- Kathie :) (Hey, what am I? The PC Nurse???) confirms customer data leakage

March 22nd, 2011

Got this email from last night:

Dear Customer,

Email Security Message
We are emailing all our customers to let you know that a company that handles part of our marketing communications has had a security breach. Unfortunately this has meant that some customer names and email addresses may have been compromised.
We take privacy and security very seriously and ensure all sensitive customer data is protected.  Please be assured this issue has occurred outside of and no other personal customer information has been involved. 
Please be assured we have taken every step to ensure this doesn’t happen again and accept our apologies for any inconvenience this may have caused some of you.
Customer Advice

Please do be vigilant with your email and personal information when using the internet. At we will never ask you for information such as passwords, bank account details or credit card numbers. If you receive anything suspicious in your email, please do not click on any links and forward the email on to for us to investigate.
Thank you for continuing to shop at and we look forward to serving you in the future. Customer Service Team

Now today, I get this:

Dear Customer,

As a follow up to the email we sent you last night, I would like to give you some further details. On Sunday the 20th of March some customers reported receiving a spam email to email addresses they only use for We reacted immediately by informing all our customers of this potential security breach in order for them to take the necessary precautionary steps. 

We believe this issue may be related to some irregular activity that was identified in December 2010 at our email service provider, Silverpop. Investigations at the time showed no evidence that any of our customer email addresses had been downloaded. We would like to assure all our customers that the only information communicated to our email service provider was email addresses. have taken all the necessary steps with Silverpop to ensure a security breach of this nature does not happen again.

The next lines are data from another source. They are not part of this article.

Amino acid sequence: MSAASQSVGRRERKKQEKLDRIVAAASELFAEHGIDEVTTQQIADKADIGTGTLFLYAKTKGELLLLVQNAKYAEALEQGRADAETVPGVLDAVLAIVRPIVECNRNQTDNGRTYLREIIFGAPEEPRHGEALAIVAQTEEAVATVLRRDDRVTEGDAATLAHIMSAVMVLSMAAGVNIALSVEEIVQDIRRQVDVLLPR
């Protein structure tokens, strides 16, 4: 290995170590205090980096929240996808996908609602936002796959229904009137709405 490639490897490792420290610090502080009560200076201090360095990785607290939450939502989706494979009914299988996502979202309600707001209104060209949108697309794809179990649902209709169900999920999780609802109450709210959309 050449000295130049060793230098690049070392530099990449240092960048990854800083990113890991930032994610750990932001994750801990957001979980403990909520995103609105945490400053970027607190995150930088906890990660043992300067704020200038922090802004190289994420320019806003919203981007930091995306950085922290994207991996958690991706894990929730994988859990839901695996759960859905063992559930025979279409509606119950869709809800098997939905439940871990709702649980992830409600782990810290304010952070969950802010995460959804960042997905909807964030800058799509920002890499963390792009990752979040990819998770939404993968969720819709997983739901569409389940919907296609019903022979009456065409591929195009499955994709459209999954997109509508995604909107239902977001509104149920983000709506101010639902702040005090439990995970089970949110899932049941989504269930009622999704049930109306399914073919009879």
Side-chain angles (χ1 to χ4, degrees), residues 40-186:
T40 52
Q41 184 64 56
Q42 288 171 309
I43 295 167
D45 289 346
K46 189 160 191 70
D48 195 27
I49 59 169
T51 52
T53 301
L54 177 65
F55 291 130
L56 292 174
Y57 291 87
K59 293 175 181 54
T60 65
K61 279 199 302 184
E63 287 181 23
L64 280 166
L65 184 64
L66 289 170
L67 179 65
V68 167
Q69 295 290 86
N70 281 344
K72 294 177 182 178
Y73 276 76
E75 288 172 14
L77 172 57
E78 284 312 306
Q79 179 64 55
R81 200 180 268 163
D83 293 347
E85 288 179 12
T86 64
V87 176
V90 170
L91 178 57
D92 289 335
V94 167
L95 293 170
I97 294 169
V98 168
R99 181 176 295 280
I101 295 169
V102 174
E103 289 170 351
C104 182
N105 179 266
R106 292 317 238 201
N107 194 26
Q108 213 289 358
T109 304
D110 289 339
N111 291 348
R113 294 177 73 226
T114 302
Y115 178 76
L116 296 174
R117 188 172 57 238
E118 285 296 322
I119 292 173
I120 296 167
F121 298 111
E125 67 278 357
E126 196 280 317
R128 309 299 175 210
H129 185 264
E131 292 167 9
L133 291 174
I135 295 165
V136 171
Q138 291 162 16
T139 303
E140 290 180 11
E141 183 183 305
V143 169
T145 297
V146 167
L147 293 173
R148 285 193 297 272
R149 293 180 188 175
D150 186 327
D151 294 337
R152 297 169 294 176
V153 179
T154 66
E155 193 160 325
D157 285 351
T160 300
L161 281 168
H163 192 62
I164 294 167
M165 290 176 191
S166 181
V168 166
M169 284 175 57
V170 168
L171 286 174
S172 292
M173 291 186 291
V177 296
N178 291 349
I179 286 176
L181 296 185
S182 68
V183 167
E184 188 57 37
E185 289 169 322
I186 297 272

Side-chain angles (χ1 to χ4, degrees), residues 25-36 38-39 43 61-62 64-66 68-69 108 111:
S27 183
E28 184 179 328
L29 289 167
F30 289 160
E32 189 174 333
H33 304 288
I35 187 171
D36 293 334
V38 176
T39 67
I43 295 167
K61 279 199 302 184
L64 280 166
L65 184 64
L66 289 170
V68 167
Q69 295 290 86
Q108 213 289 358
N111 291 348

We would also like to reassure our customers that all other personal information (i.e. credit cards, addresses, passwords, etc.) are kept in the very secure environment. has one of the most stringent internal standards of e-commerce security in the industry. This is audited and tested several times a year by leading internet security companies to ensure this high level of security is maintained. On behalf of, I would like to once again apologise to our customers for any inconvenience due to a potential increase in spam that may be caused by this issue . 

Best regards,


John Perkins

Kudos for the openness!

Broadband Speed: The truth will be equal to the lie

March 2nd, 2011

When broadband companies advertise just how fast their broadband is you are likely to discover a range of superlatives from: speedy, superfast to lightning and lightspeed. But in the small print you will find that those words are just advertising fluff - they mean nothing other than to get you to choose their company. The speed you actually get is based upon so many factors - some of which are legitimately beyond the control of the ISP. Nevertheless consumers are duped into buying because they believe they will get the speed that is advertised.

Ofcom is currently addressing the problem and it looks like their solution will be to require advertisements to be based upon Typical Speeds Range or TSR which will give consumers a clearer idea of what speeds they can expect. They have also suggested that the TSR must have equal prominence to any maximum speed that is achievable by a 'material' number of customers.

So will we be seeing ads like this?

TSR Equal prominence

Read more about the speeds and changes to the procedure for fining companies who breach the rules.

Good news for consumers. Let's hope!

- Kathie :) (Hey, what am I? The PC Nurse???)